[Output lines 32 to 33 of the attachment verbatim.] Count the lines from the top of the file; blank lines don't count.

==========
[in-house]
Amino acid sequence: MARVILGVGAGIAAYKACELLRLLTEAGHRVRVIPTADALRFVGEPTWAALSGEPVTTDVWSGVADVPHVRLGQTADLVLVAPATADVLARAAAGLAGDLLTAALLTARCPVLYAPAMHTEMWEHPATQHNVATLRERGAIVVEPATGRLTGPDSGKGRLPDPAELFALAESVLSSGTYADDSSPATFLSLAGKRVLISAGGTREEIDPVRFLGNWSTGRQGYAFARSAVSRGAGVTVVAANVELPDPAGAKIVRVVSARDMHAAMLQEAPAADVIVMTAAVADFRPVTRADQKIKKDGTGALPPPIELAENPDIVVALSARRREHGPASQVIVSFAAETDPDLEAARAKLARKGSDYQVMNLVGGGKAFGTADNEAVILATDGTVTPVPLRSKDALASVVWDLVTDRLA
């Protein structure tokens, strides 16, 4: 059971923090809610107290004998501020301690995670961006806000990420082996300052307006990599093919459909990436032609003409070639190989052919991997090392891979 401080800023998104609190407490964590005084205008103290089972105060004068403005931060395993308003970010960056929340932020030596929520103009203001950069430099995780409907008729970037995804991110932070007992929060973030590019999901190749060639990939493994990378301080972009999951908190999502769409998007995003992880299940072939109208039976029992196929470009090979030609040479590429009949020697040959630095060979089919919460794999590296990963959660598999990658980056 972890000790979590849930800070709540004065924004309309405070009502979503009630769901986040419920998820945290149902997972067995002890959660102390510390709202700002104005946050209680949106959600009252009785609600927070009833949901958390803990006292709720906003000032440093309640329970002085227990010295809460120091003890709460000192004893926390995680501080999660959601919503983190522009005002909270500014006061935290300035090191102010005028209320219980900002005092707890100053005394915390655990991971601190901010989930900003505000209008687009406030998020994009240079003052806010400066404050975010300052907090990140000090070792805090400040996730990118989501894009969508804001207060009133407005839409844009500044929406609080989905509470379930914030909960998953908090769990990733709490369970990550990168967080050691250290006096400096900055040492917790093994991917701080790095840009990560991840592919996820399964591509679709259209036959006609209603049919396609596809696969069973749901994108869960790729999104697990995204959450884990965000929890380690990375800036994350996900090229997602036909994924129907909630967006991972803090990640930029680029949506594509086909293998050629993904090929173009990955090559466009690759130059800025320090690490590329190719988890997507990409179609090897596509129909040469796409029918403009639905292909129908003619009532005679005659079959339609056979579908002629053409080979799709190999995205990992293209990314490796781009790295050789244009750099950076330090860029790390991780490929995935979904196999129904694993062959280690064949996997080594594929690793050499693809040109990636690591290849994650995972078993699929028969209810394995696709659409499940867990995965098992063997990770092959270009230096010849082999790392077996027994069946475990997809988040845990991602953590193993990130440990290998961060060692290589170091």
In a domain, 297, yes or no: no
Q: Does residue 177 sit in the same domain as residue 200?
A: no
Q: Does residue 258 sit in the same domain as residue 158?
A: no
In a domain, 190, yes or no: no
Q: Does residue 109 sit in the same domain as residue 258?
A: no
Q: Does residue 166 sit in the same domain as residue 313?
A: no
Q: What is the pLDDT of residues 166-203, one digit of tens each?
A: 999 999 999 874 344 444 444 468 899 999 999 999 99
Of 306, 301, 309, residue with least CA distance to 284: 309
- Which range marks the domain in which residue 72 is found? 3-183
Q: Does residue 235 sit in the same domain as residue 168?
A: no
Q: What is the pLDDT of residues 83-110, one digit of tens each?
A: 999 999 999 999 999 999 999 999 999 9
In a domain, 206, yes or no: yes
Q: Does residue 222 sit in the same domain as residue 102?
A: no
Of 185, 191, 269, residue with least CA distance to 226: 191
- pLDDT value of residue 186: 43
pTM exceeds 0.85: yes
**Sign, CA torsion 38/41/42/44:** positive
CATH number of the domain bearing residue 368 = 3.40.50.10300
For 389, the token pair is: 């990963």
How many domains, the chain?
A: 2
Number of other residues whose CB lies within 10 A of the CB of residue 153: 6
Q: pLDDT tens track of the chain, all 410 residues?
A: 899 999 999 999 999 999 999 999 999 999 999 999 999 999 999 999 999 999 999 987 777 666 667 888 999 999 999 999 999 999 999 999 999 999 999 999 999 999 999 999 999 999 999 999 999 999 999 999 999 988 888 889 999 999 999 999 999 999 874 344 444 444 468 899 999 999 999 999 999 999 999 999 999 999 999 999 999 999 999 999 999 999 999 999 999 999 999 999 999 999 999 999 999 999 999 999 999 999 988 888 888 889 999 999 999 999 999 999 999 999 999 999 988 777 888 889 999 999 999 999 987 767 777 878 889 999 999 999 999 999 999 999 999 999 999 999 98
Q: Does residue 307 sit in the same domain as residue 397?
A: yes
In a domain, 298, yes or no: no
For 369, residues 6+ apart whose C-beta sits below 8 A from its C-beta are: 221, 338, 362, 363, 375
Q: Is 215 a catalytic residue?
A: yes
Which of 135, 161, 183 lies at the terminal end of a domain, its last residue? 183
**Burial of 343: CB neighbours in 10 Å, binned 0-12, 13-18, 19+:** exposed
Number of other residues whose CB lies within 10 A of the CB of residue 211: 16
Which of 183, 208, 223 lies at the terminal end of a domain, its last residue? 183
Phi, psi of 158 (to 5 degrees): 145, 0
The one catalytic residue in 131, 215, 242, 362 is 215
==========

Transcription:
A: 2
Number of other residues whose CB lies within 10 A of the CB of residue 153: 6